US 3882756 A
A fastener primarily intended for fastening a heavier gauge structural member to one or more members of lighter gauge. The fastener comprises a relatively small pilot point by virtue of which the fastener is self piercing with respect to the lighter gauge member or members to which the heavier gauge member will be fastened, an intermediate transition section immediately following the pilot point so as to stretch-extrude the initial hole to proper size, and a deep threaded body portion to anchor itself within the extruded hole. Preferably the working transition section is also threaded so as to lead the main body portion of the fastener into the pilot hole as enlarged by extrusion. The contour of the working transition section is such as to blend gradually into the larger main body portion of the fastener from the relatively small, self piercing pilot point.
Description (OCR text may contain errors)
United States Patent Sauer et al.
1451 May 13,1975
[ SELF PIERCING STRUCTURAL FASTENER HAVING A WORKING TRANSITION Primary Examinen-Edward C. Allen SECTION Attorney, Agent, or F irmMelville, Strasser, Foster &
Hoffman  Inventors: Gilbert F. Sauer, Franklin; Donald M. Taylor, Ross, both of Ohio  Assignee: Armco Steel Corporation,  ABSTRACT Mlddletown Ohm A fastener primarily intended for fastening a heavier  Fil d; M 3, 1973 gauge structural member to one or more members of lighter gauge. The fastener comprises a relatively [211 App]' 356934 small pilot point by virtue of which the fastener is self Related US. A li ti D t piercing with respect to the lighter gauge member or  Continuation of Ser. No. [71,255, Aug. I2, 1971, members to which the heavier gauge member will be abandoned fastened, an mtermediate transition section immediately following the pilot point so as to stretch-extrude 52 U.S. Cl 85/41; 85/46 the initial hole to Proper Size, and a p threaded 51 1m. (:1. F16b 25/00 body Portion anchor itself Within the extruded hole-  Field of Search 85/41, 46, 47 Preferably the Working transition Section is also threaded so as to lead the main body portion of the  References Cited fastener into the pilot hole as enlarged by extrusion.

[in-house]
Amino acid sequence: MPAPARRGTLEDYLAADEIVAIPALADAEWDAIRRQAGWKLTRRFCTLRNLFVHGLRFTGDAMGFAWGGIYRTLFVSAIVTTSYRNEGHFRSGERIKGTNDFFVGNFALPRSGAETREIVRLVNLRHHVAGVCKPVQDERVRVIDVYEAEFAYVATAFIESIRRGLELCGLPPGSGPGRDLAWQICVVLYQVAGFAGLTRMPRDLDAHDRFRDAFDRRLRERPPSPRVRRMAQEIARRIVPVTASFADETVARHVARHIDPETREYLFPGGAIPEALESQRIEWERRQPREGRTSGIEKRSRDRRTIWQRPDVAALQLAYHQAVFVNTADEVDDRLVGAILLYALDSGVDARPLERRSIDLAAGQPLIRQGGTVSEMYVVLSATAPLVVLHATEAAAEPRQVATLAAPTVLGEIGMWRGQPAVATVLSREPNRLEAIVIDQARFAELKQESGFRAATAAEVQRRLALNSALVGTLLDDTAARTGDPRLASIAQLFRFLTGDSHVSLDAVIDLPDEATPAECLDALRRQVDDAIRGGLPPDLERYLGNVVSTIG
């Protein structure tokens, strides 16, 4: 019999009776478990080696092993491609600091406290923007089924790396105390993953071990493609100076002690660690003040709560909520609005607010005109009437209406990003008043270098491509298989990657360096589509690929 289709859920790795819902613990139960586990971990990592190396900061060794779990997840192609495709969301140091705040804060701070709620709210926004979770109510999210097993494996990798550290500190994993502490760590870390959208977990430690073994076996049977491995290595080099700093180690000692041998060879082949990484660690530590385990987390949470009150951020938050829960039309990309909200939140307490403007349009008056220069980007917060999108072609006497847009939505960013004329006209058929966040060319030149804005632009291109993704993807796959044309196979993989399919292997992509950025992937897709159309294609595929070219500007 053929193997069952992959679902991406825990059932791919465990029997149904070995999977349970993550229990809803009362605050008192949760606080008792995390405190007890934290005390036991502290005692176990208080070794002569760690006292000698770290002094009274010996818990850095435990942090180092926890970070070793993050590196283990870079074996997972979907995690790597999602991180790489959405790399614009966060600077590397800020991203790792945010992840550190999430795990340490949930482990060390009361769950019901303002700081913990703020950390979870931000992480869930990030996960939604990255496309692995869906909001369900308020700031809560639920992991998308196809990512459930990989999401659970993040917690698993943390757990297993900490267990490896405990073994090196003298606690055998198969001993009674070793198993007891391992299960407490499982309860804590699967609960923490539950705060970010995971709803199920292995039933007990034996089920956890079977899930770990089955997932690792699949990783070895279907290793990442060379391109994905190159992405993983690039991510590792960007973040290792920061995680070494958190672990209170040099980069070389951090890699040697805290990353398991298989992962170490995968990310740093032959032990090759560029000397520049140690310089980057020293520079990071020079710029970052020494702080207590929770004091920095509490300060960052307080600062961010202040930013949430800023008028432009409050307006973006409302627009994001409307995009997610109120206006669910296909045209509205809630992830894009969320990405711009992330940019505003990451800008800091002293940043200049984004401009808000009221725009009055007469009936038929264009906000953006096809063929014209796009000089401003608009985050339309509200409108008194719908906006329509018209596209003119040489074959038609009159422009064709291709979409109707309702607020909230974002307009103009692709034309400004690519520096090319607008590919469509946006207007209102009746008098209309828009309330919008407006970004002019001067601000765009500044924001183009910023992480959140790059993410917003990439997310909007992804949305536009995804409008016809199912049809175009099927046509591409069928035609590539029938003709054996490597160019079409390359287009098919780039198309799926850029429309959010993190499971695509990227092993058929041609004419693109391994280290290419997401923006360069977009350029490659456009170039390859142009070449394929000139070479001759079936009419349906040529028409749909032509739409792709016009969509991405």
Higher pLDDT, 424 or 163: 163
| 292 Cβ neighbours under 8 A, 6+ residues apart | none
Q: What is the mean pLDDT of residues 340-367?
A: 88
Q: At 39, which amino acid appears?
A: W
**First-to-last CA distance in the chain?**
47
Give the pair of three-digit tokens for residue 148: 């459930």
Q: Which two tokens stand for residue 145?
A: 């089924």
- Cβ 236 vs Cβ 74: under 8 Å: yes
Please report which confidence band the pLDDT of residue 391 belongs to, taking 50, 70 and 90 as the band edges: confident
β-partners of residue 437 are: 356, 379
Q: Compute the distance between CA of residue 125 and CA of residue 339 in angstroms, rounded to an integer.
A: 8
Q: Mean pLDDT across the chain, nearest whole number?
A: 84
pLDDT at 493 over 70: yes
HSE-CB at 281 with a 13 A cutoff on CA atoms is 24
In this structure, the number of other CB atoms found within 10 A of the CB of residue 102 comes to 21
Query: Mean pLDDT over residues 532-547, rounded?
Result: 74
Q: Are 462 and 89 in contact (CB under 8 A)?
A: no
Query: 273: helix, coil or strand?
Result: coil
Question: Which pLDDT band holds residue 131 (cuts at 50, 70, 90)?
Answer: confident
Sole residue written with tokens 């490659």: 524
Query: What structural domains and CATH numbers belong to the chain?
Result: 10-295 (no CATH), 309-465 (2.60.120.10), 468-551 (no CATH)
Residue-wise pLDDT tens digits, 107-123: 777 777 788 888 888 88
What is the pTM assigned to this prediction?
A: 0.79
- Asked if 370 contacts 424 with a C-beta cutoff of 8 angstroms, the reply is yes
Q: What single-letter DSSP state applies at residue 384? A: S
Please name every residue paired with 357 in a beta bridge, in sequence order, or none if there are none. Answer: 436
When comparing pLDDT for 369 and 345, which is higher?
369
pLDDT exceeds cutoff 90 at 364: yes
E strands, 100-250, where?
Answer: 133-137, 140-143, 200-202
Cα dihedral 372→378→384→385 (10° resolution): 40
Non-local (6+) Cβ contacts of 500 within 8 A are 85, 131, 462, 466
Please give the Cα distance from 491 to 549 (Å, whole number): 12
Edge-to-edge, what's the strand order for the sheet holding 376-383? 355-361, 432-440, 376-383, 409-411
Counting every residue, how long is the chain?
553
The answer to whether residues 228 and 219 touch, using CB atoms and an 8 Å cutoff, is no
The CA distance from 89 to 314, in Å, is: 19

UNITED STATES PATENTS The contour of the working transition section is such as to blend gradually into the larger main body portion gzffg 85/41 of the fastener from the relatively small, self piercing 3:094:895 6/l963 Broberg 85/47 plot FOREIGN PATENTS OR APPLICATIONS 2 Claims, 1 Drawing Figure 1,150,769 4/l969 United Kingdom 85/46 7 C /6c 47 E fie /6 F a /6b L 1 SELF PIERCING STRUCTURAL FASTENER HAVING A WORKING TRANSITION SECTION CROSS REFERENCE TO RELATED APPLICATIONS AND INVENTIONS This is a Continuation application of the copending application Ser. No. 171,255, filed Aug. 12, 1971, and now abandoned, in the name of the same inventors and entitled SELF PIERCING STRUCTURAL FAS- TENER HAVING A WORKING TRANSITION SEC- TION.
BACKGROUND OF THE INVENTION 1. Field of the Invention The self piercing fastener of this invention is particularly suited for connecting heavier structural members to lighter gauge members or panels. A supplementary nut may or may not be used. The fastener is completely self locating into a hole extruded in the lighter gauge panel in the region of the pierced hole initiated by the pilot point. This presents an optimum condition for building connections.
2. Description of the Prior Art Although no formal search of the patent art has been made in connection with the invention herein shown, described and claimed, much of this art is known and has been reviewed. It would appear that the following United States patents are of interest. Johnson, U.S. Pat. No. 3,238,836; Hanneman U.S. Pat. No. 3,125,923; Kahn U.S. Pat. No. 3,177,755; Rogers U.S. Pat. No. 413,968; Smith U.S. Pat. No. 3,357,295; Barth U.S. Pat. No. 2,703,419; Hafertep U.S. Pat. No. 1,114,135; Haynes U.S. Pat. No. 2,388,482; Dewar U.S. Pat. No. 2,479,730; Broberg U.S. Pat. No. 3,094,895; Hanneman U.S. Pat. No. 3,288,015; Lovisek U.S. Pat. No. 3,286,579; and Lindstrom U.S. Pat. No. 3,094,893; Canadian Pat. No. 696,358 (Grossberndt) is also of interest. 1
In general the known prior art fasteners rely on the removal of metal to enable the fastener to assume its final position. This requires an expenditure of effort to produce the pressures required in order to effect the connection and much time is consumed. Objects which are achieved by the fastener of the instant invention, therefore, are the speedy installation of the fastener with a reduction in the pressure required to effect the connection. These results are made possible largely because the initial, pierced hole is enlarged by extrusion without the removal of additional metal.